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The Xbox Series consoles are 2 years old. My Series X is perhaps the least distinctive console I have ever owned.

I was one of the lucky ones who got an Xbox Series X on launch day, from Microsoft at MSRP. It arrived on November 10 and I was enamored both of the box and the shape of the console itself. After the Xbox one had been a boxy, boring, thing that was nicknamed "the VCR," the Series X has a cool obelisk shape, reminiscent of a PC mini-tower from the 90s but with only a disc drive and that glowing power gem on the top, and a cool vent up top. It's a handsome console that looks unobtrusive when horizontal and bold when kept vertically.

If I had a little disappointment before plugging the Xbox Series X in it was with the controller. Though it adds a capture button, a textured back, that funky geometric D-pad, and a few other minor details it is essentially the same as the Xbox One X controller. There's nothing wrong with that controller, and certainly this is not the first console to ship with a controller similar to its predecessor (Sony essentially kept the Dual Shock design for 3 consoles straight) it made the Series X feel a bit like an Xbox One X-2. Not a new generation but a stepwise upgrade to what came before. I plugged it in, set it up, and launched it to that old familiar Xbox One UI, and that feeling was only magnified. This wasn't trying to be an exciting new experience, it was just trying to be an Xbox One, but better.

And that's really what the Xbox Series X has been for me. 2 years later and I still use my old One X somewhat regularly in another room, and swapping between the two of them it's hard to tell them apart, at least when I'm not running some fancy new game that takes advantage of the extra horsepower or the SSD. The Xbox Series X feels comfortable but not distinctive. It has never had that "new console" smell like the Switch or the PS5, where a brand new UI and control set up promises you a whole new set of experiences. Instead it's more like upgrading your PC. You plug your stuff in, turn it on, and everything runs the same but better.

The Xbox Series X has also not done much to distinguish itself on the software front. That's not to say it doesn't have games; it has literally thousands of games from 4 generations of Xbox consoles. It has some of the greatest games of all time. Every Halo, every Gears, a selection of old XBLA games, cult classics like Otogi and Armed and Dangerous, just all kinds of crazy stuff. You can pop in your old Forza Horizon on Xbox 360 disc from 2012 and play your old save from that if you uploaded it to the cloud or you can play Elden Ring and the latest Call of Duty.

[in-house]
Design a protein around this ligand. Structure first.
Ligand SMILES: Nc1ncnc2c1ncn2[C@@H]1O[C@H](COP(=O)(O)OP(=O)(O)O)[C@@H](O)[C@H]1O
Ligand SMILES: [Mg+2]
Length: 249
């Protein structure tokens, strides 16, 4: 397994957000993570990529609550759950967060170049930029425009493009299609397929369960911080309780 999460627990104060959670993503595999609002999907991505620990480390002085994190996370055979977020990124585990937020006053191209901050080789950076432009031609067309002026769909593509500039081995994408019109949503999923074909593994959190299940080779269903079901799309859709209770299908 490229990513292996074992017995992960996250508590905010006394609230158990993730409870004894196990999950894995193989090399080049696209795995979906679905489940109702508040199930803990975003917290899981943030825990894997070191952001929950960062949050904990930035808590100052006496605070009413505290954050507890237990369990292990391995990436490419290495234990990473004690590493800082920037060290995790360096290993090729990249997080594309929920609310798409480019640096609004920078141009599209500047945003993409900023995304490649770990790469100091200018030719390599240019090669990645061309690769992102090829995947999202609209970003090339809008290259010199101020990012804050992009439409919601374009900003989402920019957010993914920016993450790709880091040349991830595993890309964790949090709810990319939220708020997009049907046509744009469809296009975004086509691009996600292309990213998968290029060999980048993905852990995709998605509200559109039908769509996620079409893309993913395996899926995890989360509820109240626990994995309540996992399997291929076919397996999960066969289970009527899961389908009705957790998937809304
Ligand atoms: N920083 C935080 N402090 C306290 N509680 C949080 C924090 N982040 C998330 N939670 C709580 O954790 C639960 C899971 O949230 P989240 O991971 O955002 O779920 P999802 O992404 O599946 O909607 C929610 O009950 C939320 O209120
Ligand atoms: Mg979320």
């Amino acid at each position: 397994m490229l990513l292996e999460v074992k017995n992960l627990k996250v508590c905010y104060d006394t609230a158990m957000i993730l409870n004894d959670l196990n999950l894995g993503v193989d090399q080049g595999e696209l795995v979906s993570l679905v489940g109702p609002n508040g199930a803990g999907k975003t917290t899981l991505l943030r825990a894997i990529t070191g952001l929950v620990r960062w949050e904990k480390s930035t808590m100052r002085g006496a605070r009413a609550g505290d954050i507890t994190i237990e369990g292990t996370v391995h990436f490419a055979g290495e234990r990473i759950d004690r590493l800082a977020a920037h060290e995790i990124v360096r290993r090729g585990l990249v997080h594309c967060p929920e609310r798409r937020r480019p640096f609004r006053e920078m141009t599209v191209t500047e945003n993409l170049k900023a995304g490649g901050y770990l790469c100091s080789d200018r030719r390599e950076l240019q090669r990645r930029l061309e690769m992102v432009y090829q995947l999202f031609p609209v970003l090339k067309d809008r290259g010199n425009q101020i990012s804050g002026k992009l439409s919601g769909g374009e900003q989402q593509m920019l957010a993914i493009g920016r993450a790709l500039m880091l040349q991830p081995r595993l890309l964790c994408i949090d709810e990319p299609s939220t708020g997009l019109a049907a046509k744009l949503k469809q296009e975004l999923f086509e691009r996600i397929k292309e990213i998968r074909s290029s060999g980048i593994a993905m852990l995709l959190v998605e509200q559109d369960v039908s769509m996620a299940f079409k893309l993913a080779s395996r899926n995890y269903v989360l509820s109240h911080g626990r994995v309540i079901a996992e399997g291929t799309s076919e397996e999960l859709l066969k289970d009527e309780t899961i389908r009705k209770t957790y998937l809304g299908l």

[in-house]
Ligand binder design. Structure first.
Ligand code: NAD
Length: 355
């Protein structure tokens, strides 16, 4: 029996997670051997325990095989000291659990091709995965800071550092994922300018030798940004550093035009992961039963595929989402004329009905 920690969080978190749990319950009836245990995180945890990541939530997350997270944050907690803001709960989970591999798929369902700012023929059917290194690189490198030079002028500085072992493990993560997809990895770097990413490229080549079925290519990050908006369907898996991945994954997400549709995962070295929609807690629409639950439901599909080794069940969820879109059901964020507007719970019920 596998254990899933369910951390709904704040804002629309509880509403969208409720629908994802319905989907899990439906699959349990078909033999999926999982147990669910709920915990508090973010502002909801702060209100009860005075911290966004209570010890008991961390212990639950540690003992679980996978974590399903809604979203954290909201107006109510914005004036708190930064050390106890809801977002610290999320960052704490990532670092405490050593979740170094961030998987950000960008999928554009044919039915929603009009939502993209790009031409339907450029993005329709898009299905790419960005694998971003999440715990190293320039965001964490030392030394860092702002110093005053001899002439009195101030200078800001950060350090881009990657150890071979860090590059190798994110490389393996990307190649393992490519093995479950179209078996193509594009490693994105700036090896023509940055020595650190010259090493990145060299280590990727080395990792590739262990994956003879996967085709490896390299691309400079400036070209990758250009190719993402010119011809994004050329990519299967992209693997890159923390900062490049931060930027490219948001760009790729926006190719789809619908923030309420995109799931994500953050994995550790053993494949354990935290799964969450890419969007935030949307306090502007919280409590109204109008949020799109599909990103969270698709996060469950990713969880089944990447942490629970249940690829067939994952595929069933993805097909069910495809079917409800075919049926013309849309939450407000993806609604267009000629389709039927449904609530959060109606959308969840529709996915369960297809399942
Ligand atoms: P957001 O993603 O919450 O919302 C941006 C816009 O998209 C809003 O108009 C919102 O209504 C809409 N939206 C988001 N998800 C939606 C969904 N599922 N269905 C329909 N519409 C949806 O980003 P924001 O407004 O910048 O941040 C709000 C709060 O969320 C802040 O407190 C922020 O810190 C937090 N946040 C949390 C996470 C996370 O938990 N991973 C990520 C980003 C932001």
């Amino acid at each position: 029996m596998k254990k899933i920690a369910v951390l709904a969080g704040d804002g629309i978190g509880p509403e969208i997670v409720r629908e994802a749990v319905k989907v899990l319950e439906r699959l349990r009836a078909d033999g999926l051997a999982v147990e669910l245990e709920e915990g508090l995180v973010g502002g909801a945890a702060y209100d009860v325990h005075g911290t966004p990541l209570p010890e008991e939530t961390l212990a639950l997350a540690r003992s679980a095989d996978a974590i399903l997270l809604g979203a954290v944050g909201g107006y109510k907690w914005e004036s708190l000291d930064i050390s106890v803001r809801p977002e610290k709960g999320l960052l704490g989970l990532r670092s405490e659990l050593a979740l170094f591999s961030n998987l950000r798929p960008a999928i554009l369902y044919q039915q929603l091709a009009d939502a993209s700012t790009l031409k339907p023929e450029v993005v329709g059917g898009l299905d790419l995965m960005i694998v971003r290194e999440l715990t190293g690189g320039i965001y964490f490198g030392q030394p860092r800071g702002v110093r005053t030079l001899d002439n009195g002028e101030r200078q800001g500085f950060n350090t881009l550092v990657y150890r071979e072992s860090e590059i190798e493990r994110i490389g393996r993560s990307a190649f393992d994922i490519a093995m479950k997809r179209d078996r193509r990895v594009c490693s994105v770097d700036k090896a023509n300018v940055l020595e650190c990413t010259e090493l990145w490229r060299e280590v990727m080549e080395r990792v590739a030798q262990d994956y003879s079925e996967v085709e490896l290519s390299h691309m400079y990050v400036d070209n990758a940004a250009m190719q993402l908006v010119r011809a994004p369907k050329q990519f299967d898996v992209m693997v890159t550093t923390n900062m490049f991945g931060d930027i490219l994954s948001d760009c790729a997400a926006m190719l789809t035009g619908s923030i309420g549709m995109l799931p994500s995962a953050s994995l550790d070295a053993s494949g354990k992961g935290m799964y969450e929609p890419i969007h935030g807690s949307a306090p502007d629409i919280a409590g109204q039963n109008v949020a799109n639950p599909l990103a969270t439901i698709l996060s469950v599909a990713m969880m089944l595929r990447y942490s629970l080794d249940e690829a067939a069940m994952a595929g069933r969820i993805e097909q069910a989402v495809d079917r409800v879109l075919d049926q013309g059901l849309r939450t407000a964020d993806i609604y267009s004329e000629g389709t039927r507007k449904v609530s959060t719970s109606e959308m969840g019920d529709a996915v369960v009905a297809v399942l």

And it has a killer app in Game Pass. I have been running a Game Pass game club on these message boards this year and it's been great. I have played a ton of really fun games on that service, from Psychonauts 2, my game of the year last year, to Vampire Survivors, one of this year's biggest indie hits. Game Pass is awesome and a great reason to won an Xbox. My Xbox One was my most played Gen 8 console and the Series X is looking like it will be that for Gen 9, though I have been spending more time with PlayStation since a couple real life friends have taken to playing co-op with me on that platform.

What the Series X lacks is an identity. I've talked about all the great things on the platform, but almost all of that is true for the Xbox One X too. PlayStation 5 arguably has a similar problem, but it at least has a few exclusive games (I guess you can sort of count a few games like Scorn as consoles exclusives at least.) It also has a unique UI and controller. The PlayStation 5 feels distinct from the PS4, and the Xbox Series just...doesn't. It's like Microsoft finally fixed Xbox One and then decided to just go with what works after that.

And it does work. It's a good platform. Microsoft in general needs a lot more exclusives (last year was very strong with Forza Horizon and Halo but there's been basically nothing this year except a few timed indies) and it's unclear what their studios are doing, but even setting that aside there's more than enough to play. As a game machine it performs well, the UI is fine, everything works, there has never been a software drought if you include multiplats, it's a fine machine.

But for me every console I've owned to this point conjures unique and distinct memories of its UI and games, and the Xbox Series X feels exactly like my Xbox One X. It's like buying a new car of the same model as your old ones. There may be some new bells and whistles but driving it feels essentially familiar.

So I don't have that much to say about the Xbox Series X on its second anniversary. It's a good console. I use it a lot. I like how it looks. It needs some more exclusive software. That's about it.

The Xbox Series S is a bit more different being digital only and there being some concerns that its weakness is holding the generation back, but I don't think PS5 games look or play particularly better than the Xbox Series X games (including PS5 exclusives) so I don't really notice that if it's true. But I don't have one of those and can't comment on it.